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15 April 2021, 16:58 | Updated: 15 April 2021, 17:00
An updating summary of the government’s most recent guidance for people returning to work in classical music and other performing arts – including where in England’s roadmap out of lockdown amateur rehearsals and live music fit.
A year ago, the coronavirus pandemic took hold in the UK and periods of self-isolation and lockdown, be they regional or national, became an increasingly expected part of everyday life.
After a summer where workplaces, businesses, venues and outdoor gatherings cautiously opened up and grew in size – and some live music returned – autumn and winter 2020 in the UK saw further national lockdowns. Essential work continued in COVID-safe environments, and this meant that professional music-making, including distanced rehearsals and performances delivered virtually, was able to continue.
Finally, a glimmer of hope for life returning to something closer to ‘normal’ was delivered on 22 February, when PM Boris Johnson announced his roadmap taking England ‘irreversibly’ out of lockdown, following the success of the UK’s monumental vaccine effort and pending certain criteria around controlling the virus being met.
But what are the rules for amateur music, and when can the arts open its venue doors and invite audiences back?
One-to-one socialising was permitted outdoors and care home residents were allowed to receive one visitor.
This one saw outdoor gatherings within the ‘rule of six’ permitted, as well as the return of outdoor sport and some travelling out of local areas (but no overnight stays). Leisure-time music saw no sign of being allowed, and confusingly, according to charity Making Music, amateur music groups are still not permitted to meet up, even outdoors where leisure-time sports teams are kicking balls to each other and playing freely.
Making Music chief exec Barbara Eifler said: “I am puzzled by this unwarranted distinction between amateur football, gardening or photography clubs and community music activity. Last autumn, when meeting was permitted, Making Music members demonstrated their ability to risk assess their sessions, implement required mitigations and rehearse safely. Why not let them meet now and experience the healing effect of group singing and playing?”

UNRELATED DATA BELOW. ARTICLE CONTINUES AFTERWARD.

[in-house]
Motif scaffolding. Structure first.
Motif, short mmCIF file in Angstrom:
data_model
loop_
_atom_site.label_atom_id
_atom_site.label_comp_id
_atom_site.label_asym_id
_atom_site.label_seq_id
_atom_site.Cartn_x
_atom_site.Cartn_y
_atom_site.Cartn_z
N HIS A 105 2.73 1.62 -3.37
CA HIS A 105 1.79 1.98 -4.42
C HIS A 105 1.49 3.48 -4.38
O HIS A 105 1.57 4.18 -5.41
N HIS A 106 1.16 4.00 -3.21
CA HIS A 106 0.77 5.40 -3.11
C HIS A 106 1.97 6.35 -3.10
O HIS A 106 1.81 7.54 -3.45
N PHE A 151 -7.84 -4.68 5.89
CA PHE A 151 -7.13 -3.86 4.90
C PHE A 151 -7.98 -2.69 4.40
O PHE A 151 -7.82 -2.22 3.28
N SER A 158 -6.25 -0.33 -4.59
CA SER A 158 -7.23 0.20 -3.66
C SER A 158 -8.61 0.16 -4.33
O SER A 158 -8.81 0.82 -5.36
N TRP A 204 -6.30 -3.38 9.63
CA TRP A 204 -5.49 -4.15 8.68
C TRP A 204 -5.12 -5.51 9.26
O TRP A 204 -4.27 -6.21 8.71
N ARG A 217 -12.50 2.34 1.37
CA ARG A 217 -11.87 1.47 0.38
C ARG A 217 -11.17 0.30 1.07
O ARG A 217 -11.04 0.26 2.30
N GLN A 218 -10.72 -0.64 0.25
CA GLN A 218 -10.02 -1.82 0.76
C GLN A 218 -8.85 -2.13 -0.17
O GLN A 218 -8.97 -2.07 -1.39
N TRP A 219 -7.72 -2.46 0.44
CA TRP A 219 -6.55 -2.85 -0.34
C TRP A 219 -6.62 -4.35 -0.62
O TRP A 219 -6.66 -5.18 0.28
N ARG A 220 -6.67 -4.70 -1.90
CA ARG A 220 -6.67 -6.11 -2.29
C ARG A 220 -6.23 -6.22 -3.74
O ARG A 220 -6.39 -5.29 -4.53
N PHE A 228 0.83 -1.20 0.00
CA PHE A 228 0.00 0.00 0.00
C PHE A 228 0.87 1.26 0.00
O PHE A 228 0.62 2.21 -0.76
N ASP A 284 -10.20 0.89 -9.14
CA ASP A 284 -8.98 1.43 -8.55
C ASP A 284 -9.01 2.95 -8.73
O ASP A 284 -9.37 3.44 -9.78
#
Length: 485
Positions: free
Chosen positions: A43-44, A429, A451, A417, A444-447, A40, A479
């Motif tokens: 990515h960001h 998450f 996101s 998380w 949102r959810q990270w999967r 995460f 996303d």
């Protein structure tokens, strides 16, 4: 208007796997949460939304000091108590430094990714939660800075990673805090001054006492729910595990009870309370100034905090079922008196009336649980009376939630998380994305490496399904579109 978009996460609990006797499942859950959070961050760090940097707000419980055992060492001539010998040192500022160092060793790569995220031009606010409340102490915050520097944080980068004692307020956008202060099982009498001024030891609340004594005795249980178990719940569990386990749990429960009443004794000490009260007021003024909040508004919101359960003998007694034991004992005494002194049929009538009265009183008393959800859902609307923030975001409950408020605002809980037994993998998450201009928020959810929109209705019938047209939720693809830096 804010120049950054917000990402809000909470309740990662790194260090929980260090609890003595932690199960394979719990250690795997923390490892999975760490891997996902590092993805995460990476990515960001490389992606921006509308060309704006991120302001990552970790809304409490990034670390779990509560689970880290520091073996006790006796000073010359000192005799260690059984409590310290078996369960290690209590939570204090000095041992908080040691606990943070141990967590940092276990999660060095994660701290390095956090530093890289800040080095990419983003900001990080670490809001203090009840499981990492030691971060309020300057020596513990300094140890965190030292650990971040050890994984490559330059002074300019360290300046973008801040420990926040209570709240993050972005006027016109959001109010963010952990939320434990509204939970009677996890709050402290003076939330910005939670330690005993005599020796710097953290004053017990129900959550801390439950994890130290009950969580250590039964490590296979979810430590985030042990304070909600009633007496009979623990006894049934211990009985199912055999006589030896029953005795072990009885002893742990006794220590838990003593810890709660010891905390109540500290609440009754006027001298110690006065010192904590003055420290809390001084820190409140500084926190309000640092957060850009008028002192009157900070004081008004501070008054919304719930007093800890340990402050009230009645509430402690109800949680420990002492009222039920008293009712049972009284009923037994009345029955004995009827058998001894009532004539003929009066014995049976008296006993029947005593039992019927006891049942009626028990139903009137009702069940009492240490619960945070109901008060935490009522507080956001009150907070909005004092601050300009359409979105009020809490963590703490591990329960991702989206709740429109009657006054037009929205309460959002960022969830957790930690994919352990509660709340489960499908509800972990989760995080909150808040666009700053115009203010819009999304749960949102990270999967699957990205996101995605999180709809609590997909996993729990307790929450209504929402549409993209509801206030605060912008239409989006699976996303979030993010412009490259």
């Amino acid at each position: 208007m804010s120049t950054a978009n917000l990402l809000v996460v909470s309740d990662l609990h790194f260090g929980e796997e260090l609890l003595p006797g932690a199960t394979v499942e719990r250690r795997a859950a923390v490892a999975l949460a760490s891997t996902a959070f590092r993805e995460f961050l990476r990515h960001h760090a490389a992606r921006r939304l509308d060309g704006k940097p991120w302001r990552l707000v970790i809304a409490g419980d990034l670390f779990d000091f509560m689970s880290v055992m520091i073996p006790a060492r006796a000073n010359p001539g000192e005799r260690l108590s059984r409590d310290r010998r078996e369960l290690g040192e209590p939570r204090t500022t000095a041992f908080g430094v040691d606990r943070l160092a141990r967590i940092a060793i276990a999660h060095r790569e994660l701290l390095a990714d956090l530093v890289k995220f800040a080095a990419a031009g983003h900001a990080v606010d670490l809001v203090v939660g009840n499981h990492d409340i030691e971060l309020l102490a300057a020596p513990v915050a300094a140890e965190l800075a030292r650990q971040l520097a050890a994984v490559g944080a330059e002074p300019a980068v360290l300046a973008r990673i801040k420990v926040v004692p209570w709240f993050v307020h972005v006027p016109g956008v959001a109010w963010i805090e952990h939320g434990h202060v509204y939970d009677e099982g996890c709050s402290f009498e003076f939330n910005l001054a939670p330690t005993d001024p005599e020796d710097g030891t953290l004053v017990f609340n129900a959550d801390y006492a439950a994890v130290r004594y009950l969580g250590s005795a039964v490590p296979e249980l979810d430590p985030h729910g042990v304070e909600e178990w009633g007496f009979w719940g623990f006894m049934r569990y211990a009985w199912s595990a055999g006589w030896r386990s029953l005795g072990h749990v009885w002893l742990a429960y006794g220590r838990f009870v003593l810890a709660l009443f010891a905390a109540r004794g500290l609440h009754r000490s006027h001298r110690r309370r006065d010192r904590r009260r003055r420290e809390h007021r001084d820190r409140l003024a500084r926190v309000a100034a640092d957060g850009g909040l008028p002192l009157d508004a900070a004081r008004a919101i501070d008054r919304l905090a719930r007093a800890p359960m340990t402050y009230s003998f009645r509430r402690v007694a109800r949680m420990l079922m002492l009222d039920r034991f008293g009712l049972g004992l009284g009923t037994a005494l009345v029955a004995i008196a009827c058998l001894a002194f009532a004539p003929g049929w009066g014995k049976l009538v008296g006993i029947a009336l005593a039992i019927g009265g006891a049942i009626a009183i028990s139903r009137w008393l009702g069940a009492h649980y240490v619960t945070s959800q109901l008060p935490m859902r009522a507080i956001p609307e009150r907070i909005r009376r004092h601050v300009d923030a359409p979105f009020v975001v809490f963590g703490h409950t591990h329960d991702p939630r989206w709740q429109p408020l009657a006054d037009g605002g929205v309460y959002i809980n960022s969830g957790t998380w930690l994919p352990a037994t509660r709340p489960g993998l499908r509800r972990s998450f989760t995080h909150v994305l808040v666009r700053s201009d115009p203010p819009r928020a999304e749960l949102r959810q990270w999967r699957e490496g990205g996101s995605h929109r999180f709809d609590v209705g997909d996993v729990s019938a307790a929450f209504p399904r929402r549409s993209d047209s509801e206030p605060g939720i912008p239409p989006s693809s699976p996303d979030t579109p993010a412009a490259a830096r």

A big one. Non-essential shops, hairdressers, pubs and restaurants with outdoor seating, and indoor leisure facilities like gyms were able to open. People still can’t spend time inside entertainment facilities, so, even though zoos, theme parks, drive-in cinemas and libraries have the go-ahead to operate, music venues remain closed. And due to the focus on meeting up outside only, still under the ‘rule of six’, the government has been reluctant to let theatres and concert venues open, even in a limited capacity. And, as above, no choir, band or orchestra can meet outdoors, except in socially permitted groups of six or two household.
Concert halls, theatres and other venues are allowed to open to the public, along with cinemas, play areas, hotels and hostels, and indoor dining at restaurants and pubs can go ahead on this, the biggest lifting of restrictions. The ‘rule of six’ still applies to social parties, but this stage of the PM’s roadmap allows concerts performed to audiences to go ahead for the first time in 2021.
Wigmore Hall and Liverpool Philharmonic Hall – the home of the Royal Liverpool Philharmonic Orchestra, Classic FM’s Orchestra in the North West – have already announced concerts welcoming live audiences to return in a reduced capacity.
In the words of the government, “it is hoped all legal limits on social contact can be removed” and the ambition is for nightclubs and large-scale events like festivals and big performances can return to our lives.